Indeed, it seems that at many times in history, the problems highlighted in 2 Thessalonians 3:6-13 regarding the Christian’s work ethic have raised their ugly heads. The situation reveals itself below:
“For we hear that some are conducting themselves in a disorderly manner among you, not attending to their own business but to other people’s. We charge and exhort such people in the Lord Jesus Christ to work quietly and eat their own bread. But for your part, brothers, do not give up doing good”
Paul says these things:
To the busybody: stop causing mischief, settle down and truly earn the bread you eat.
To the faithful who continue to work: don’t get distracted; remain as you are i.e. never tire of doing what is right and continue focussing faithfully on the task at hand.
The cause of this situation “may have been a belief in their own superior spirituality, which exempted them from such mundane concerns as earning an honest living and entitled them to pry into other people’s personal affairs; it may have been a combination of those or other factors. But the vice to which they were prone is familiar enough for us to be thankful that it is so severely condemned in the apostolic teaching.”
I try to regularly reinforce with my children that there are no free lunches (figuratively speaking) in this life, and each must earn his or her own passage through life.
Whilst we have the opportunity, we should work, and at that, we should be prepared to work hard. That is not to say we shouldn’t rest. We should. But we shouldn’t be overtly (or even covertly) slack, and particularly, we should not be ‘selectively sluggardish,’ which is a term that Bill Hybels coined for people who worked diligently in twenty or fifty or eighty percent of their lives, but negligently rob other important areas of their lives of the time and effort they’d ordinarily demand.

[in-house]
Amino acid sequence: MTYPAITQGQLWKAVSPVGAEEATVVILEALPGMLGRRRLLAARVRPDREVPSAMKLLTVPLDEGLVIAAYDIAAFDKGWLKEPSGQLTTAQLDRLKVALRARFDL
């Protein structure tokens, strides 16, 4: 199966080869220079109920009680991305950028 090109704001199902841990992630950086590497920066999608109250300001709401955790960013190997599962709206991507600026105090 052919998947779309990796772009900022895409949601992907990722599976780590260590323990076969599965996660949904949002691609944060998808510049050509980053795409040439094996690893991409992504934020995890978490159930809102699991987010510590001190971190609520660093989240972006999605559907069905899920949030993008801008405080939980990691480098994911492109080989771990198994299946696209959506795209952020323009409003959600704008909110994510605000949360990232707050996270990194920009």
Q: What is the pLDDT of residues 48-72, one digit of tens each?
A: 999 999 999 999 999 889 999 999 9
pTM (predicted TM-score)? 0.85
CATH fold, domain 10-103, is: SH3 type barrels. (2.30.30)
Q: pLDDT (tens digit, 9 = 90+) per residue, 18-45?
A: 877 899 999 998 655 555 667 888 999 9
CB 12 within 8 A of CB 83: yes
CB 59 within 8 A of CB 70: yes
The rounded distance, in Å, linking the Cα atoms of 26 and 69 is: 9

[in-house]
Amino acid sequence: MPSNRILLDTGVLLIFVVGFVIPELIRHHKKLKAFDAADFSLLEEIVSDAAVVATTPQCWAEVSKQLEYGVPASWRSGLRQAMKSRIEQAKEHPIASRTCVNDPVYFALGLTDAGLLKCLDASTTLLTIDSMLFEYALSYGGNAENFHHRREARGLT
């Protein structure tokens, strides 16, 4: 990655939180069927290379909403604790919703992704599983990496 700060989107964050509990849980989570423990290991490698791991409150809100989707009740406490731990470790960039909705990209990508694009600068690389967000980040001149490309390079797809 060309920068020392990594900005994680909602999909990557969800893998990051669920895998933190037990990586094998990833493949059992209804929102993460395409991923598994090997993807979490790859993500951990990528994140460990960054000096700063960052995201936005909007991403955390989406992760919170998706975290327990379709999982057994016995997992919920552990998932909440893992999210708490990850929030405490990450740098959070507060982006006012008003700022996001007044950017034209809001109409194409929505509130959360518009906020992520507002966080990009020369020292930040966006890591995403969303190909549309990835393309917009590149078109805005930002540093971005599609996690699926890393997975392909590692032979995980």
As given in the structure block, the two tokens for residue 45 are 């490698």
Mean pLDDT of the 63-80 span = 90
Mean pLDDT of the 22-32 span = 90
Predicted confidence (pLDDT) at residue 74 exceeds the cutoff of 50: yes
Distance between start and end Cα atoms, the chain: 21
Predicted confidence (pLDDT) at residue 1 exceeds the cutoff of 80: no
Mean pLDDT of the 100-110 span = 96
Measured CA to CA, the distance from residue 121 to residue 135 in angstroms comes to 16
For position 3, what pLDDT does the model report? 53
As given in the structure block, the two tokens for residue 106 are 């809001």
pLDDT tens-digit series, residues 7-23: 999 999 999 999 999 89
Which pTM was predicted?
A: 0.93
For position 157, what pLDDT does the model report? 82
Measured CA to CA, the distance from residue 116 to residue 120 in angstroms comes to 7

We should be a shining example of the work ethic required, and perhaps this work ethic is partly the manifestation of ‘wisdom’ i.e. “the art of being successful, of forming the correct plan to gain the desired results.” So, who do we look to in getting direction on ‘the desired results’ for our life--and on the plans to get there?
Furthermore, can the work ethic really be separated from the broader ethics of living life?
Copyright © 2009, S. J. Wickham. All Rights Reserved Worldwide.
Post Script: “[Paul and his companions’] maxim, taught by precept and by action, ‘If any one refuses to work, let him not eat,’ need not be taken as a summary of the Christian doctrine of labor, but it does teach that it is scandalous for those who profess and call themselves Christians to lead idle lives and look to others for support if they themselves have opportunity and strength for working to maintain themselves and to help others who are less fortunate.”
 F. F. Bruce, Word Biblical Commentary: 1 and 2 Thessalonians (
 James. W. Sire, Discipleship of the Mind (Downers Grover, Illinois: InterVarsity Press, 1990), p. 17.
 Sire, Ibid, p. 201. The author cites Ronald (sic) E. Murphy in “Wisdom,” Harper’s Dictionary (San Franscisco, 1985) p. 1135 as saying Hebrew thought on wisdom “involved the practical skills of coping with life (Prov. 1:5; 11:14), and the pursuit of a life of proper ethical conduct (Prov. 2:9-11 and throughout).” (I’ve added the italics.)
 Bruce, Ibid, S. 203.